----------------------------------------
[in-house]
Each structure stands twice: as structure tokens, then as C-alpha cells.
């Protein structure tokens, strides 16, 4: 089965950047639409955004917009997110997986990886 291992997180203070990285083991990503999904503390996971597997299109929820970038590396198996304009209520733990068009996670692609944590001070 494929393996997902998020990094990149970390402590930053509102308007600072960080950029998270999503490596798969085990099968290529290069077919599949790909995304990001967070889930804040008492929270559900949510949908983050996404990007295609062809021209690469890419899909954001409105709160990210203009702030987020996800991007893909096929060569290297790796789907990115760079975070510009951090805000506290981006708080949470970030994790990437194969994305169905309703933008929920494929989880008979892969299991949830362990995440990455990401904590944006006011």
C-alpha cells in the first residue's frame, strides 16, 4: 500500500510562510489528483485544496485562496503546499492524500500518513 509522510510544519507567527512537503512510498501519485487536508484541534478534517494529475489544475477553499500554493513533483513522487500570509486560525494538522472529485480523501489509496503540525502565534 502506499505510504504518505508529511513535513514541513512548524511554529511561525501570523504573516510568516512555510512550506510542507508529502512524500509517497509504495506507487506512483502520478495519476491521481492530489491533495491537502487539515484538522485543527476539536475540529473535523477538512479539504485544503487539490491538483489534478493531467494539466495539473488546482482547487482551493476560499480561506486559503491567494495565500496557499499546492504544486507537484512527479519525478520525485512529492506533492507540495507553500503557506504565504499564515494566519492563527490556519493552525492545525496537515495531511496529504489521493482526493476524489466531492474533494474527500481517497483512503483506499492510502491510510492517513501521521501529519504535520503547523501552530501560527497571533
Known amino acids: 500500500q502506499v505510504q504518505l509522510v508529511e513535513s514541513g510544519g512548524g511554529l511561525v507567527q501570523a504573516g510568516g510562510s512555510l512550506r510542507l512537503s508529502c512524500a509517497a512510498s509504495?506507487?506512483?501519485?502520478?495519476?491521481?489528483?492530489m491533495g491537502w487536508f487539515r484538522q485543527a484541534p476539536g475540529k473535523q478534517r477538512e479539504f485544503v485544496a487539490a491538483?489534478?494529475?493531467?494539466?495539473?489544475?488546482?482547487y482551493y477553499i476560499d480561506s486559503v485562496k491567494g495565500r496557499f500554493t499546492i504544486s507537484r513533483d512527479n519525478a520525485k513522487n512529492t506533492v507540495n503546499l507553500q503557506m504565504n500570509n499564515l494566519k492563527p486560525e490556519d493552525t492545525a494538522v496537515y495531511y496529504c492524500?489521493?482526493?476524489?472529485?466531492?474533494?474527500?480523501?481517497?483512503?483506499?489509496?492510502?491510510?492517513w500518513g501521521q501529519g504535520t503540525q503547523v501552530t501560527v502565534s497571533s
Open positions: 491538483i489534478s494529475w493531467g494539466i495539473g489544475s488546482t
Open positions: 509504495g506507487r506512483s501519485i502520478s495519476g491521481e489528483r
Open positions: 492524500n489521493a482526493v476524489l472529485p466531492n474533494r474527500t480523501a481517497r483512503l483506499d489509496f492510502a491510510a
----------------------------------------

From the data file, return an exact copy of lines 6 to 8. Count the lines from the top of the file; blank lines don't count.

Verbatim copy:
Open positions: 491538483i489534478s494529475w493531467g494539466i495539473g489544475s488546482t
Open positions: 509504495g506507487r506512483s501519485i502520478s495519476g491521481e489528483r
Open positions: 492524500n489521493a482526493v476524489l472529485p466531492n474533494r474527500t480523501a481517497r483512503l483506499d489509496f492510502a491510510a